Employer - Occupational Health Link

Employers can continue their relationship with an Occupational Health Link member institution. In many cases, employers already have an effective relationship with an occupational health provider. Occupational Health Link enables the employer to keep and strengthen that relationship without wasting time and money by going through an insurance company intermediary for every question and decision. Decisions are made locally. Regional case management centers are, in most cases, located at the hospital or clinic the employer is using. This allows rapid decision-making and approvals. There is no need to communicate with an insurance company case manager in another city who doesn’t know the cases.

Injury reporting

Clients can submit claims to Occupational Health Link via phone, fax or online. Employers should use the First Report of Injury (FROI) from the Ohio Bureau of Workers’ Compensation (BWC), which is available on their website at www.ohiobwc.com. When Occupational Health Link receives a claim, we will file it with BWC. BWC will review the FROI form and all supporting medical documentation obtained by Occupational Health Link, to determine if the claim is compensable and assign allowances.

Injured Worker

As an Injured Worker weaving through the Workers’ Compensation field can be a daunting and frightening experience, but as a Managed Care Organization (MCO) who is owned and run by a team of providers, our main focus is to provide quality and affordable health options. Our main goal is to help you return back to work, fully functional.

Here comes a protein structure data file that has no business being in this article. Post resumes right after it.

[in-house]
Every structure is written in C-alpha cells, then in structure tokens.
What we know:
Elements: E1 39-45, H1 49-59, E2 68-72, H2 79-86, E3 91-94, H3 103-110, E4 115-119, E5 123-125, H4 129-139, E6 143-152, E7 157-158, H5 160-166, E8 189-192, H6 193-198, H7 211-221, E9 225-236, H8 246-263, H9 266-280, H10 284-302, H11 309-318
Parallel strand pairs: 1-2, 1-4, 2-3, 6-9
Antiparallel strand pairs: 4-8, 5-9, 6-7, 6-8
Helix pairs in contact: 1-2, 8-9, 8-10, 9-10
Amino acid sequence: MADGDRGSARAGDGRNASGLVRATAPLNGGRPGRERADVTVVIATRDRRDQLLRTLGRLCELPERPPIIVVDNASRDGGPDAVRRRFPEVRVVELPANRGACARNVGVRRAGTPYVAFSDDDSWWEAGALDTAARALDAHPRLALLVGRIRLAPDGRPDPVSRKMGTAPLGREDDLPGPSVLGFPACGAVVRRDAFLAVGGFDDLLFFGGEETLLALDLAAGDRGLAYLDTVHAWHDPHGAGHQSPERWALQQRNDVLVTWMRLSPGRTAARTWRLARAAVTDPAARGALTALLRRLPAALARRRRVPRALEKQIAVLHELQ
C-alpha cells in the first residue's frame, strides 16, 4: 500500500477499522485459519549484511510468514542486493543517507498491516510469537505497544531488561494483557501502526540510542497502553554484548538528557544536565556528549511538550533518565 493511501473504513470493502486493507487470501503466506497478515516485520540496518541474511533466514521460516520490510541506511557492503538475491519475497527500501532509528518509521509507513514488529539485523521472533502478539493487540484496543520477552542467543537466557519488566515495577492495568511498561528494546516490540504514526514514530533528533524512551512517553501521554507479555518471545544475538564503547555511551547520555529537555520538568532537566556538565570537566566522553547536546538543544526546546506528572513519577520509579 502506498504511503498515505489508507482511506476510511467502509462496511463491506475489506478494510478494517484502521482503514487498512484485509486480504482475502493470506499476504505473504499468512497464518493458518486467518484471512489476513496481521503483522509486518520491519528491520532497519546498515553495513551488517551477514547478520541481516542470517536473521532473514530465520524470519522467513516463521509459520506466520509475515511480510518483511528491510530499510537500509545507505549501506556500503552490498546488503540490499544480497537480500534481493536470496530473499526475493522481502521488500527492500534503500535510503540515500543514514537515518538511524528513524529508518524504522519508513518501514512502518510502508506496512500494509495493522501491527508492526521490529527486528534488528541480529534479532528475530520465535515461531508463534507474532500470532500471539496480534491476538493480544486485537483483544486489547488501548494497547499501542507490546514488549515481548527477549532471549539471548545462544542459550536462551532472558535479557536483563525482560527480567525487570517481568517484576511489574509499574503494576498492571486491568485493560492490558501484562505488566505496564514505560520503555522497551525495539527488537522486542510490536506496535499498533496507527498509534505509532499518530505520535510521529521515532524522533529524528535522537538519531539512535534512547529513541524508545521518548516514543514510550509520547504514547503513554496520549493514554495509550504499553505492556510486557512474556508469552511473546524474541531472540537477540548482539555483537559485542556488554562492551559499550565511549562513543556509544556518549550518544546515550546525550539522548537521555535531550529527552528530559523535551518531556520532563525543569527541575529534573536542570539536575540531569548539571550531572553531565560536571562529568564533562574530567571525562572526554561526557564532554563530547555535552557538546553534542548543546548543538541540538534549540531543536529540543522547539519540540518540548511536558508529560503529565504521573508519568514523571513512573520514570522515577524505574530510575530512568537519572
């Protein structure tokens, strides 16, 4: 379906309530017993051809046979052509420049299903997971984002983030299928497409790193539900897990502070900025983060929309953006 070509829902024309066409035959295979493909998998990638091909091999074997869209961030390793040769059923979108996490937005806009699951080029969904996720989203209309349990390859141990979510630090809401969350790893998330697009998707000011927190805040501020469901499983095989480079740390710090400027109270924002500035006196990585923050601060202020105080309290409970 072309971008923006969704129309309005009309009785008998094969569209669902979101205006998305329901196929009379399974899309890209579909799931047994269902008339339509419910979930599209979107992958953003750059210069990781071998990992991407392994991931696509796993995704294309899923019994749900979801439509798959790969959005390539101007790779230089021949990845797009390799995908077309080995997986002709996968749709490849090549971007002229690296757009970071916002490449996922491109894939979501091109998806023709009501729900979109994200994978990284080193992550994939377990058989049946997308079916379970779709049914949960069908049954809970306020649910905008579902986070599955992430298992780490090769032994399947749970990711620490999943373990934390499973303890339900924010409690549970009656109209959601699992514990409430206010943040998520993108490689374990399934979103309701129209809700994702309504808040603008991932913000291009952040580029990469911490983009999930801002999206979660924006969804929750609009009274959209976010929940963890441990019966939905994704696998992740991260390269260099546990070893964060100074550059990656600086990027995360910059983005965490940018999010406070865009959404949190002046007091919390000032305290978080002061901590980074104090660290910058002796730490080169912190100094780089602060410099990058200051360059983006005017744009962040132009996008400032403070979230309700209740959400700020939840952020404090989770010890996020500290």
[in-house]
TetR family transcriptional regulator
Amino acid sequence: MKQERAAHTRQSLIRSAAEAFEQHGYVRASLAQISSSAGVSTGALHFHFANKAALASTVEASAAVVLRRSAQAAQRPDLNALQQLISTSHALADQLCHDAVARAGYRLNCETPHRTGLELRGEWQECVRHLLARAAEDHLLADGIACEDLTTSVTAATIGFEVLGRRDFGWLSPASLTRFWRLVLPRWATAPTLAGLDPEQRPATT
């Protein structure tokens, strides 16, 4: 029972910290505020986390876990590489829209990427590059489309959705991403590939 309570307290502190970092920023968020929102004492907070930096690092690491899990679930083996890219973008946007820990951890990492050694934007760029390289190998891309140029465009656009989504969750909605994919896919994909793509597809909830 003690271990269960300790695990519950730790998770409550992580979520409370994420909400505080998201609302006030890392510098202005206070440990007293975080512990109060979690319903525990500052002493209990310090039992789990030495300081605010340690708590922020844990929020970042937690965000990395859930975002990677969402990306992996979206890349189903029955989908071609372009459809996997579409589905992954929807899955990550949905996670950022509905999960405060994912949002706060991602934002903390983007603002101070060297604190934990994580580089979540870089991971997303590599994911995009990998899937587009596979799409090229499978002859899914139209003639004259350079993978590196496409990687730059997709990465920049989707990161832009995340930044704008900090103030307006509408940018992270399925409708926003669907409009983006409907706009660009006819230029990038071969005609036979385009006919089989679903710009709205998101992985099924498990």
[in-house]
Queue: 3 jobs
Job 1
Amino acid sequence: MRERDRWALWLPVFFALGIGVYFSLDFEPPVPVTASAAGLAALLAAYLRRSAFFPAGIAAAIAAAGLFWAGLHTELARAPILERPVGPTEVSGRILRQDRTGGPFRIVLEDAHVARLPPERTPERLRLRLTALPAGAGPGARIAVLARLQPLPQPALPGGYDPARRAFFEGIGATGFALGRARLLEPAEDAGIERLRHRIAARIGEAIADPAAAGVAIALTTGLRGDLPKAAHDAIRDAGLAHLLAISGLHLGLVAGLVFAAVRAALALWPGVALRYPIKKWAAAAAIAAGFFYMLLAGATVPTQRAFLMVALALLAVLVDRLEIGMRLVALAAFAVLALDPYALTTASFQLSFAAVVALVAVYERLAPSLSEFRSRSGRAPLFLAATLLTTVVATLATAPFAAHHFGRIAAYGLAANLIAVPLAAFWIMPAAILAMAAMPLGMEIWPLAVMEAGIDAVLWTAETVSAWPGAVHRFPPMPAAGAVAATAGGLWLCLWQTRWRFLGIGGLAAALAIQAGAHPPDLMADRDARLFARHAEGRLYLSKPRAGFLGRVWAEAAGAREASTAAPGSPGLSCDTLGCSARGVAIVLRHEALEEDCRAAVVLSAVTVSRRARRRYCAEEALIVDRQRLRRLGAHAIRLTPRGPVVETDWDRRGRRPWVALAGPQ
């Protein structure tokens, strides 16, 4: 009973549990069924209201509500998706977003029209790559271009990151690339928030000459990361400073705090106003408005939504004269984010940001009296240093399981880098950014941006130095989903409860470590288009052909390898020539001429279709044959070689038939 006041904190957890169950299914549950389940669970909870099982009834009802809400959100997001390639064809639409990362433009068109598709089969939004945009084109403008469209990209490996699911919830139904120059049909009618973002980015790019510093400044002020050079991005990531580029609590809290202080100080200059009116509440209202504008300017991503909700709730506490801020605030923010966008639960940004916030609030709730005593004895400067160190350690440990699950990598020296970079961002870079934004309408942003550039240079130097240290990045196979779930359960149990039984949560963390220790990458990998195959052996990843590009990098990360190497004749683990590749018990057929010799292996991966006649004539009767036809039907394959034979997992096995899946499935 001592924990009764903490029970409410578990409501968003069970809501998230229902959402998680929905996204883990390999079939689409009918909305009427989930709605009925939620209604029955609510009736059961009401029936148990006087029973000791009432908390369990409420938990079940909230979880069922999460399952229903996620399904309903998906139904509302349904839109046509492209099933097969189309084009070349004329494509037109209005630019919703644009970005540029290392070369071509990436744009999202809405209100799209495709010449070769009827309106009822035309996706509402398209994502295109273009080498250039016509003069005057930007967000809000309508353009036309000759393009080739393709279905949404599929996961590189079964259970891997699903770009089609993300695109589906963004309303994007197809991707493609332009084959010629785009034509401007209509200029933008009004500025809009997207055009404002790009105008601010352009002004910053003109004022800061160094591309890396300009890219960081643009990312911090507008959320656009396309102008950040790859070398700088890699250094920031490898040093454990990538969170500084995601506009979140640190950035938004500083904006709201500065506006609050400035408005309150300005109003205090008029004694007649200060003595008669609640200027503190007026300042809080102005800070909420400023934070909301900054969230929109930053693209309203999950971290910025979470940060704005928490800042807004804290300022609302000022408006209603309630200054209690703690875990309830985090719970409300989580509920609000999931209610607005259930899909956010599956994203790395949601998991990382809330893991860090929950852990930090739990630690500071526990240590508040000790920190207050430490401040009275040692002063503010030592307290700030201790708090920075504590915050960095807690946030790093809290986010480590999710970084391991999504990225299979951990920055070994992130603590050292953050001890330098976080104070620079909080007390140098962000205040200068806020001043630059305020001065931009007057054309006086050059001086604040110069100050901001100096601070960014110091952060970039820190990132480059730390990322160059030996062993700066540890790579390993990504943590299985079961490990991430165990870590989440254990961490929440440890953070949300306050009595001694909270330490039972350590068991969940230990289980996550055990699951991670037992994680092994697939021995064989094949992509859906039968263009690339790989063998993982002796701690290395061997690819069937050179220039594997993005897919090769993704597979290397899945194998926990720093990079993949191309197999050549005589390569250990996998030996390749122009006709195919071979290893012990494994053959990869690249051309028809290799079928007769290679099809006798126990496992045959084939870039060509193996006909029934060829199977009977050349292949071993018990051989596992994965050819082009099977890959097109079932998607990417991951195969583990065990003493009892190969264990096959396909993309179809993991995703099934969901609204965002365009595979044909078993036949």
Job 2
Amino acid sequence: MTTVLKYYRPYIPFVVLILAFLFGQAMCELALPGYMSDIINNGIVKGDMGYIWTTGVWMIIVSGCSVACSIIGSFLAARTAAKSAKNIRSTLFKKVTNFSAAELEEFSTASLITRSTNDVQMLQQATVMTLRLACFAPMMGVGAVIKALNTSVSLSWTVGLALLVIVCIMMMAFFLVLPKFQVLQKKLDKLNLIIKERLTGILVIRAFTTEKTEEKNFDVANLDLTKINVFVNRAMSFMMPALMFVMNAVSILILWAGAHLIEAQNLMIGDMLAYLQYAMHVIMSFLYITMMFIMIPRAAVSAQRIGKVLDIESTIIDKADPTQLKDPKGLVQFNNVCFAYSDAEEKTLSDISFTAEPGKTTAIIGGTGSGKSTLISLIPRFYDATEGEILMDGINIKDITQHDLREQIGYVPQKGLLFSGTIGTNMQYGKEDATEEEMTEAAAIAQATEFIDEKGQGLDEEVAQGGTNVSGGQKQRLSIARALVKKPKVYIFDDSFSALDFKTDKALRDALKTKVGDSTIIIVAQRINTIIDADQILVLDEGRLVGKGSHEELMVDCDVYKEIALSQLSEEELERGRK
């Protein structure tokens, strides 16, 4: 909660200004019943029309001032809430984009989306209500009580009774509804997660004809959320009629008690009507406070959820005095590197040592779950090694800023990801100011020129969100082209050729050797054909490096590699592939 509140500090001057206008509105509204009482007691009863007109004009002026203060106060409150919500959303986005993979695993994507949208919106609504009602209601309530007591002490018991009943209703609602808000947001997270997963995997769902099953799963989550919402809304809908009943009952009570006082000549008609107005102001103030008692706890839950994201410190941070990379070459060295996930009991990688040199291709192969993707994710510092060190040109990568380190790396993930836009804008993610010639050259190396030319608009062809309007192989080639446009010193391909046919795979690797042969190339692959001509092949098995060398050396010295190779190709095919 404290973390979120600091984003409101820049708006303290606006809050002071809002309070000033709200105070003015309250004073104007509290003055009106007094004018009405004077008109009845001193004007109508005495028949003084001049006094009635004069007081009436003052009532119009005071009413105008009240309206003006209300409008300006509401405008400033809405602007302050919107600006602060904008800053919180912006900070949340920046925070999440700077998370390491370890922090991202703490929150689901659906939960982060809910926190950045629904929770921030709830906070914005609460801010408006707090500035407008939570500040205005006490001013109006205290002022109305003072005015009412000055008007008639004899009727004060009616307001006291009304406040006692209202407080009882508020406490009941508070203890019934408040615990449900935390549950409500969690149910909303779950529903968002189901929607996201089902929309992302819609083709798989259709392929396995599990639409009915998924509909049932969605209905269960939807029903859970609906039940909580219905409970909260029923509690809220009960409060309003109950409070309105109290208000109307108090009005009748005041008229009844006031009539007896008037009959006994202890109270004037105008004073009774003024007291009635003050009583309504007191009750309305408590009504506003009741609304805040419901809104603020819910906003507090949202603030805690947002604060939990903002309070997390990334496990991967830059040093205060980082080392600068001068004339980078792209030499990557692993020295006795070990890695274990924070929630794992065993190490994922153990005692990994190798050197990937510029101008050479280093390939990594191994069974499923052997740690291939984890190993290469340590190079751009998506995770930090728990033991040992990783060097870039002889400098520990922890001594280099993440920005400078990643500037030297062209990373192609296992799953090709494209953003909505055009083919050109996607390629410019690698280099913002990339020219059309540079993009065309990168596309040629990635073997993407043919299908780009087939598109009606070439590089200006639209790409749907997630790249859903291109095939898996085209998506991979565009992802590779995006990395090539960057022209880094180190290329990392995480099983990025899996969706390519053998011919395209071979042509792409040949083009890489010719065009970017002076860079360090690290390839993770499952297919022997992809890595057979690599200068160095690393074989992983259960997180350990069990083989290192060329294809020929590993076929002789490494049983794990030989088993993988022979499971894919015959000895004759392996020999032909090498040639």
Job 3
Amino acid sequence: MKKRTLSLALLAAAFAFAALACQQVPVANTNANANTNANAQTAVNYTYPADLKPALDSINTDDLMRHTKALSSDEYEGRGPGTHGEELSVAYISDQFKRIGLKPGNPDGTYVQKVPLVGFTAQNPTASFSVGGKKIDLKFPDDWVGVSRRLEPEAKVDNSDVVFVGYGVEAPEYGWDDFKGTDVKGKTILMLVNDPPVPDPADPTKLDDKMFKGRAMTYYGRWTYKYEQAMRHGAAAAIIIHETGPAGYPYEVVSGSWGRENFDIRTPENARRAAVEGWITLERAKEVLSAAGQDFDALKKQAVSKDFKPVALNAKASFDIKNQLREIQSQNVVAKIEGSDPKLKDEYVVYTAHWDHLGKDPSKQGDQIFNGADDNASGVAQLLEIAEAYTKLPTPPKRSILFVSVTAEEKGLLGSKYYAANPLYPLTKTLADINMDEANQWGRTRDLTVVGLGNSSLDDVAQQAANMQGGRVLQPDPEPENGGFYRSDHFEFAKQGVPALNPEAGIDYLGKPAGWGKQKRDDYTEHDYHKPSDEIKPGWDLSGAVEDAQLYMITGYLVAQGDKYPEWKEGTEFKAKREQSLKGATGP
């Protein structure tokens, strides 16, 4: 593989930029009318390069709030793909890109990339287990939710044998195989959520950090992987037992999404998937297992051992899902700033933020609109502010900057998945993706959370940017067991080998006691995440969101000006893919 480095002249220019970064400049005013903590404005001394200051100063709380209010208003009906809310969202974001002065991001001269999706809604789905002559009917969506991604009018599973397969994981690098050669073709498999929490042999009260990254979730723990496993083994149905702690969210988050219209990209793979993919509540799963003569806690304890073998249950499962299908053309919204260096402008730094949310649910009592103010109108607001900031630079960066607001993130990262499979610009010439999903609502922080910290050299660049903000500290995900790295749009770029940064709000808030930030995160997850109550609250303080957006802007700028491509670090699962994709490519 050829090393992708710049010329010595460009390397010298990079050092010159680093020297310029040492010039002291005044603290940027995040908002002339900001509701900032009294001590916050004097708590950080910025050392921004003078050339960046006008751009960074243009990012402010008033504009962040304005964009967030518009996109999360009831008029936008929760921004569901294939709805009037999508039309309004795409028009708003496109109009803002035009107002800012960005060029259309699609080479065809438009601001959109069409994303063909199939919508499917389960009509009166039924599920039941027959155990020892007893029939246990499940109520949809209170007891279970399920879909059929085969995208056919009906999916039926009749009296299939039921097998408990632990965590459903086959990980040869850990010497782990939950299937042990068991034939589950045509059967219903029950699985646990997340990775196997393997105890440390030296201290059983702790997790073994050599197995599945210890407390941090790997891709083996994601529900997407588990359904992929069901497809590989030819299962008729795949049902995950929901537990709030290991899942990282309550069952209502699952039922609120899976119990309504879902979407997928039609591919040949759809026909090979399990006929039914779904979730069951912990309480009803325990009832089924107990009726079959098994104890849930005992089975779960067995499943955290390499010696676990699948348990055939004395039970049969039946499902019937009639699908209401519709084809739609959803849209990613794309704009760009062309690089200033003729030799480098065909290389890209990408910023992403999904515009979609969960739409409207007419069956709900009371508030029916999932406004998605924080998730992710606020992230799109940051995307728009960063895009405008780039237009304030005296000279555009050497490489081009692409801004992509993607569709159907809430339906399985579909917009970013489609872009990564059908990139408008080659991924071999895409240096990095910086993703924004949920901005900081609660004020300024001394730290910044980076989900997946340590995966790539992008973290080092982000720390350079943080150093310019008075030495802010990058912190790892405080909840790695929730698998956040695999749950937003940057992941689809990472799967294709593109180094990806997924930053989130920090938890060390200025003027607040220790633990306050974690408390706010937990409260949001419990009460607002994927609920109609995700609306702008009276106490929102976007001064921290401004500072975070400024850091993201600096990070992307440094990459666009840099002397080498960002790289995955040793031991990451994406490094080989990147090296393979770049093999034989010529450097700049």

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Providers

Medical providers rendering services in Ohio must be BWC-certified to participate in the Health Partnership Program (HPP). Certification is based on licensing, certification and accreditation requirements necessary to provide services.

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Investigating and Documenting Injuries

Key steps employers can take to help imporive claims outcomes

Step 1: Communication

Maintain ongoing communication with all parties involved in the process.

Step 2: Internal Reporting

Establish internal reporting procedures and policies, and educate your entire staff on the importance of prompt, thorough injury reporting.

Step 3: Contact

Maintain contact with injured workers while they are off work and make sure they understand who their primary contact is at your company if they have questions about their claim.

Step 4: Working Relationship

Establish a working relationship with medical providers in your area; they should become familiar with your operation and provide prompt, quality care.

Step 5: Transitional Work

Offer transitional work or consider making modifications to an employee’s job duties that would allow them to return to work sooner.
When a work-related injury occurs, the employer should conduct an investigation and thoroughly document the incident. It is important to do this as soon as the individuals with knowledge of the incident can be contacted. Several factors should be considered such as ergonomics, equipment failure, weather conditions and physical capabilities.

Employer involvement is crucial for successful claims outcomes. Employers can contribute a great deal to the claims management process through communication, monitoring and participation.